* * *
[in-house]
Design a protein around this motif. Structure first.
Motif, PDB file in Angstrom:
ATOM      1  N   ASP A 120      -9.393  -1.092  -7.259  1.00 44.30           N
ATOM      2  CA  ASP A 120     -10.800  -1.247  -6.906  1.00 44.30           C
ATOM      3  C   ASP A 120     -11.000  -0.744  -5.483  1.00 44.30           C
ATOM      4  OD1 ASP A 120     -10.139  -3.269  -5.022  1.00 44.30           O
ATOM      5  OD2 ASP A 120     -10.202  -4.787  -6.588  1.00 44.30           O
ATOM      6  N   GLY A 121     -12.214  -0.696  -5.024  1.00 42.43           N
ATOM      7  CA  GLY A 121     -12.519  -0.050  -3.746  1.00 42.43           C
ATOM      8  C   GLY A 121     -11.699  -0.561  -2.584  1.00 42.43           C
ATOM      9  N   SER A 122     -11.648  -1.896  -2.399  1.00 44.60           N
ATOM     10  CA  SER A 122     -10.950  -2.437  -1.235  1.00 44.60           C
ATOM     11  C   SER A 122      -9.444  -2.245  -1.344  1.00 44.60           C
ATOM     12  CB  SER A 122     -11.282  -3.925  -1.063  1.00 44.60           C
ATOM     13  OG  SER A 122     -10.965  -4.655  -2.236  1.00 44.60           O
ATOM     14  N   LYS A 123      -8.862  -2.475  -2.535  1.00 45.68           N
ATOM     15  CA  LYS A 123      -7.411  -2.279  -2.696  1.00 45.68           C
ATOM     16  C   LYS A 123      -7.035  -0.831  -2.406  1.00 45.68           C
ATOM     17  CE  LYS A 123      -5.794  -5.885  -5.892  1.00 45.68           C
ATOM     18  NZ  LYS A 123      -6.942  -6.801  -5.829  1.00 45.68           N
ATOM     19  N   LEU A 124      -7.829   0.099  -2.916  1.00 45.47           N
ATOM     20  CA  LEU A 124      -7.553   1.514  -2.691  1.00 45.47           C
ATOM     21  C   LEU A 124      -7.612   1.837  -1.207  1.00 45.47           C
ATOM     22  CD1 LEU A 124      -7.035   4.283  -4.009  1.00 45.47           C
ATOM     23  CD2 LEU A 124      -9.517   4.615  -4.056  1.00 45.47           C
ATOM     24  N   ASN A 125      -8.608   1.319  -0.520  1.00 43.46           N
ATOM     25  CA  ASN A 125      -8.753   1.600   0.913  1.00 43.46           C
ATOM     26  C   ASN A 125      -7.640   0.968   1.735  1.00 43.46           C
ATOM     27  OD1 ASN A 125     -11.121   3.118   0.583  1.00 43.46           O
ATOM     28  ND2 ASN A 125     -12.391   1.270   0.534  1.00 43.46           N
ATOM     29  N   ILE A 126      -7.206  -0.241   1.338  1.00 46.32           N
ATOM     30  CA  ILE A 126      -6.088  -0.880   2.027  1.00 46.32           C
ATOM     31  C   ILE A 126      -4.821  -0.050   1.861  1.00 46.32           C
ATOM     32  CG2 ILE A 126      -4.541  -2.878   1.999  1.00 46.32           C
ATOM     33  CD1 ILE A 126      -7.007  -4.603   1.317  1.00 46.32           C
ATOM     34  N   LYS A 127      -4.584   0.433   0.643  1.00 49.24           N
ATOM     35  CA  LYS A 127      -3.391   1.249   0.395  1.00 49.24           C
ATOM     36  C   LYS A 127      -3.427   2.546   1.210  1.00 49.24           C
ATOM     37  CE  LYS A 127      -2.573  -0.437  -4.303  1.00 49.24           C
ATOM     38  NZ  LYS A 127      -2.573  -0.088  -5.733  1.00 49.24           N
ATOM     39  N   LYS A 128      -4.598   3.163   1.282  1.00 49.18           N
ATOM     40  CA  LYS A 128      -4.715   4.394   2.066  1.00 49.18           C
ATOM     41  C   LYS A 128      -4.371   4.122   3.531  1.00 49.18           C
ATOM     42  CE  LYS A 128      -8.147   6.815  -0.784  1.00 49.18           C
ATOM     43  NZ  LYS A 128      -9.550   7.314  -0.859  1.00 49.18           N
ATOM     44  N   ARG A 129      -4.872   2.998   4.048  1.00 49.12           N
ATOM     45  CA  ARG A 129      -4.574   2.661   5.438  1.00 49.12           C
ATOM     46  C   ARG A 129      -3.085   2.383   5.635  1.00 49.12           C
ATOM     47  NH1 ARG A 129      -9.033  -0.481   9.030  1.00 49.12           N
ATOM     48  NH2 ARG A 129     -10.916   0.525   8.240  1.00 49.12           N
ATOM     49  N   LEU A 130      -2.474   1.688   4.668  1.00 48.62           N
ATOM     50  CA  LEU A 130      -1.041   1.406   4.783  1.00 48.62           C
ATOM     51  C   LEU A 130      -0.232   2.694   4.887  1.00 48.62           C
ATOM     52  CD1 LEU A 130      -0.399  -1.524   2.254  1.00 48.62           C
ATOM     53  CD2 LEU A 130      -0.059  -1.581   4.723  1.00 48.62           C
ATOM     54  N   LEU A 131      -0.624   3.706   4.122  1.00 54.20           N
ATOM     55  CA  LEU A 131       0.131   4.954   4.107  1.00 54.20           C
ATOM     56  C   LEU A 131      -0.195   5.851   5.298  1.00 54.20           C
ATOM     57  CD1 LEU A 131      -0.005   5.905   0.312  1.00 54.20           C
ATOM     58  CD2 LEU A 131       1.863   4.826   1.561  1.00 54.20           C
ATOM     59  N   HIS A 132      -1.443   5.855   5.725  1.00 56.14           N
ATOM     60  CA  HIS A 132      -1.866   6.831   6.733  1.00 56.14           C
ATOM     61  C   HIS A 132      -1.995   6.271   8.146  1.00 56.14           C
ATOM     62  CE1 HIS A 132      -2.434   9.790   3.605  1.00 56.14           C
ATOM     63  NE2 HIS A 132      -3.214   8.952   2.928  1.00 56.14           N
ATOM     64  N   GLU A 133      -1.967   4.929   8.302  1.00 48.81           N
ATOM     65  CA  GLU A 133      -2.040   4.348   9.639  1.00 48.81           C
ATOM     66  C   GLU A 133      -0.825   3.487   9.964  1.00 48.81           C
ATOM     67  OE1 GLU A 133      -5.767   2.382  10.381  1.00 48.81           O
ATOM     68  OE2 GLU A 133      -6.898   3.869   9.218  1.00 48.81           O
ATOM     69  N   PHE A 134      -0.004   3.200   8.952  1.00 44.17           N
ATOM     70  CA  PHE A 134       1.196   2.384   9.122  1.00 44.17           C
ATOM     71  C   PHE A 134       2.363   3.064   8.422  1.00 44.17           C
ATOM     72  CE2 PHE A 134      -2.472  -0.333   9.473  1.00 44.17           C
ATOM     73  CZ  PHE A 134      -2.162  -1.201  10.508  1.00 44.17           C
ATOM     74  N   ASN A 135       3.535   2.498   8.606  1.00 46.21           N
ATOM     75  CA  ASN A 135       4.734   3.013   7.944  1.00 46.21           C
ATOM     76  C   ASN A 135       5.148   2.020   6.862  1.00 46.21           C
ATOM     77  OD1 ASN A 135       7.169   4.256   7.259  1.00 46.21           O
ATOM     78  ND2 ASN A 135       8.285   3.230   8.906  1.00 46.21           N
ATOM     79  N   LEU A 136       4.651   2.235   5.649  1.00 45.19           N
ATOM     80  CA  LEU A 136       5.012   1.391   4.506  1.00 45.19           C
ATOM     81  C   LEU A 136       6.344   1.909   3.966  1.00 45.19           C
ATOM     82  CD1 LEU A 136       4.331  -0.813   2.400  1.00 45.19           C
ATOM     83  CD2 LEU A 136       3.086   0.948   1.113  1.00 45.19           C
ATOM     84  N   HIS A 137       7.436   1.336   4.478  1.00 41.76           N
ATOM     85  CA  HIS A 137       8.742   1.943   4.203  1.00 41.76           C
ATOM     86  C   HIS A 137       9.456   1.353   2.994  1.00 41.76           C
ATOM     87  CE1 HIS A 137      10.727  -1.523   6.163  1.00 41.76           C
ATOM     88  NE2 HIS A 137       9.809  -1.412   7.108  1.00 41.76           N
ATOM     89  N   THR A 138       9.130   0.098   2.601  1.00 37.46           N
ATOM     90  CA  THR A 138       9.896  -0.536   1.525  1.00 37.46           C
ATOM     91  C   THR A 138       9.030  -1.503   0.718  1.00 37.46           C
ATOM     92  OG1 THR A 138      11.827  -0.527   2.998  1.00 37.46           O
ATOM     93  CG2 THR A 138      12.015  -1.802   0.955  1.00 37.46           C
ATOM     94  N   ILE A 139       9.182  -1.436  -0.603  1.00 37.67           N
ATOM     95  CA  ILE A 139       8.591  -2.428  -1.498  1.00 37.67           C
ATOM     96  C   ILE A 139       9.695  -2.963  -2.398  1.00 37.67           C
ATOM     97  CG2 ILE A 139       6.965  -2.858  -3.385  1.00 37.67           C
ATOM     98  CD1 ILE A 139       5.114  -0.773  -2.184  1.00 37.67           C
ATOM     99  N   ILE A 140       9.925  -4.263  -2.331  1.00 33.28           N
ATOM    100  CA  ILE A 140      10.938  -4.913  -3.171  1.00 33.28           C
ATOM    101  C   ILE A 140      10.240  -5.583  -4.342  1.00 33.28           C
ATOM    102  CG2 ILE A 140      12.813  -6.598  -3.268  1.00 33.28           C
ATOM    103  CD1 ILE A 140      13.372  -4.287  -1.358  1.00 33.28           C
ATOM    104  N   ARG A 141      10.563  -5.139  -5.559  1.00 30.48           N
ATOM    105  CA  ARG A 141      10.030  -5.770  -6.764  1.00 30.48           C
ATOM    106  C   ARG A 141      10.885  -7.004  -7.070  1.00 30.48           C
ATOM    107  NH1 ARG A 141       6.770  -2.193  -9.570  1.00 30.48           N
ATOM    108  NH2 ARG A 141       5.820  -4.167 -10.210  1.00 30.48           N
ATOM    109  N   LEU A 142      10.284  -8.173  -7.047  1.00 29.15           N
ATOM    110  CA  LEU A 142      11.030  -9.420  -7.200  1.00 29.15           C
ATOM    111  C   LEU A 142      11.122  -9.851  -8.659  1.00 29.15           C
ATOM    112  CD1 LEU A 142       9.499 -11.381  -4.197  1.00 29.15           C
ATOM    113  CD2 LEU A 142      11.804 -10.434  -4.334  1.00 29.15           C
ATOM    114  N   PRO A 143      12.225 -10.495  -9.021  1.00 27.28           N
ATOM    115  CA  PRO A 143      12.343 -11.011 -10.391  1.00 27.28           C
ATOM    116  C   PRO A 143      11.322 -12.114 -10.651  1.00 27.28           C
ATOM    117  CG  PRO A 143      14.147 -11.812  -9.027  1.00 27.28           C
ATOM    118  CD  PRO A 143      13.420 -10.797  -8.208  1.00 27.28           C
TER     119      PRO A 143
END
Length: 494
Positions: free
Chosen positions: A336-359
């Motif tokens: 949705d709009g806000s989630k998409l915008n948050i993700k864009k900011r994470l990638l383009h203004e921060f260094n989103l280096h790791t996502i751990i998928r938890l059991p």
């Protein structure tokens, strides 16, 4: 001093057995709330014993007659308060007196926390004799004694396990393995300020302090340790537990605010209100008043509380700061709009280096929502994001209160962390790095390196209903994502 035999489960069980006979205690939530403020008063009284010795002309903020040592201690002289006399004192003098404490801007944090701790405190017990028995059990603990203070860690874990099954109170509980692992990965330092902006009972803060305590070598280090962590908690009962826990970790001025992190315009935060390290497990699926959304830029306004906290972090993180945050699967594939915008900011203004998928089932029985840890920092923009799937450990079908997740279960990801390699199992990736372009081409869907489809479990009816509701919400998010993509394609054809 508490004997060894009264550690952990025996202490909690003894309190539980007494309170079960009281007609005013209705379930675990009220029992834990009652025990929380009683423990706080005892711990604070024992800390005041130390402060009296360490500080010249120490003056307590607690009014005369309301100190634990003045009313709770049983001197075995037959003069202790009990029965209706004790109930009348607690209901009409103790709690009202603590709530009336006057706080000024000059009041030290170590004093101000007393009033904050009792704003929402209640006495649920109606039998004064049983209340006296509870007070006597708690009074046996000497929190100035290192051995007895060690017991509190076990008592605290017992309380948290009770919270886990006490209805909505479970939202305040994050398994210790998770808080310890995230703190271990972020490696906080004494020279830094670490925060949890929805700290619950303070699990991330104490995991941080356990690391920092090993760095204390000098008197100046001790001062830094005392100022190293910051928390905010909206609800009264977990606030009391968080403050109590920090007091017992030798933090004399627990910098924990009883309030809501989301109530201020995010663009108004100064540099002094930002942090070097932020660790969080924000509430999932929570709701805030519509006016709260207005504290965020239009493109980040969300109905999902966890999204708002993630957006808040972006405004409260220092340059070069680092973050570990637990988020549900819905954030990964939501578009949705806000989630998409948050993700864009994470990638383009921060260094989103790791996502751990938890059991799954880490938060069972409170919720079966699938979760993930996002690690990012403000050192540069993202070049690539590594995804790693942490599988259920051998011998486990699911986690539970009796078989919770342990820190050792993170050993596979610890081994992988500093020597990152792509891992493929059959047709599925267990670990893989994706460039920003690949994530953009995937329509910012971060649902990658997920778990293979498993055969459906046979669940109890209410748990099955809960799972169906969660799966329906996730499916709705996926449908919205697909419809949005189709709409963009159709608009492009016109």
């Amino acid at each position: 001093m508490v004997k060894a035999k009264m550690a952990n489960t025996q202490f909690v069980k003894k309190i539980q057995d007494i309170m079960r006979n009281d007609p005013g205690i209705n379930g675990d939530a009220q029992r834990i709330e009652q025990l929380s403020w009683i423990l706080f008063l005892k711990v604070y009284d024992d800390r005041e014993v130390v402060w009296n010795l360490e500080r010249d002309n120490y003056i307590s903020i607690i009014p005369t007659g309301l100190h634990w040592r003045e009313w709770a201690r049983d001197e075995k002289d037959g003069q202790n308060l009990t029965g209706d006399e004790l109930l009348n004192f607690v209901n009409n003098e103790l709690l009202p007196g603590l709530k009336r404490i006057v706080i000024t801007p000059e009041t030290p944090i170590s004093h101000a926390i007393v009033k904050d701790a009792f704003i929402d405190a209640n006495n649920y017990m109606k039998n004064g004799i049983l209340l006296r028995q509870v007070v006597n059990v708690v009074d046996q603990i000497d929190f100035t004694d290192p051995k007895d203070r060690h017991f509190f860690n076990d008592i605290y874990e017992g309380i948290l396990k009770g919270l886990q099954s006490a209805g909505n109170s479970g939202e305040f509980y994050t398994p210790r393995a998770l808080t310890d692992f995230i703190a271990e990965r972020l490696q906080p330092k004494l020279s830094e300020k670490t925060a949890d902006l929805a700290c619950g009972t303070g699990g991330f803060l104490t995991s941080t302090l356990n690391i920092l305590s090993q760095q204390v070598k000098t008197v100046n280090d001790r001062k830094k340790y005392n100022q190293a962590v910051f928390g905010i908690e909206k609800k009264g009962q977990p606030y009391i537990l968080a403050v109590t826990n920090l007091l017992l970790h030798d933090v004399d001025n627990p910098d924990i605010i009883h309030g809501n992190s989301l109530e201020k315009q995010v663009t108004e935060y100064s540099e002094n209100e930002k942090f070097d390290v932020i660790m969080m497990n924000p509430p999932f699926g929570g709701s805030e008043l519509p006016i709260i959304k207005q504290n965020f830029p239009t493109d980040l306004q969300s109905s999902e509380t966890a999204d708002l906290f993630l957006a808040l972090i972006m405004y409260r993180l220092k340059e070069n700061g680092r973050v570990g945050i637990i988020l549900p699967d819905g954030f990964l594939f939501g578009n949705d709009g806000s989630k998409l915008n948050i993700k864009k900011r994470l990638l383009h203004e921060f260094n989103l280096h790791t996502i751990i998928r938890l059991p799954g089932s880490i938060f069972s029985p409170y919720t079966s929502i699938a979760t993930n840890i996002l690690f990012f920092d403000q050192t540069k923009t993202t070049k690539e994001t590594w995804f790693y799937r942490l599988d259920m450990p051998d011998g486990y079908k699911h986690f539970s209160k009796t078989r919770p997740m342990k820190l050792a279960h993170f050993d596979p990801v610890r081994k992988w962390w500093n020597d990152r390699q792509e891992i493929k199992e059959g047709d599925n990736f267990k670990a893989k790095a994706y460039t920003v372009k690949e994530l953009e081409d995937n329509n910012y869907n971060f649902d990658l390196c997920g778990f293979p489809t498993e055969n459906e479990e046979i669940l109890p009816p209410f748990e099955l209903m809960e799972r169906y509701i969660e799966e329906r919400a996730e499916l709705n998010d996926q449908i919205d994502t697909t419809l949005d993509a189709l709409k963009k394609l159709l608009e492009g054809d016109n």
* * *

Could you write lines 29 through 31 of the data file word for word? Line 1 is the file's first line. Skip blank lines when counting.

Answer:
ATOM     26  C   ASN A 125      -7.640   0.968   1.735  1.00 43.46           C
ATOM     27  OD1 ASN A 125     -11.121   3.118   0.583  1.00 43.46           O
ATOM     28  ND2 ASN A 125     -12.391   1.270   0.534  1.00 43.46           N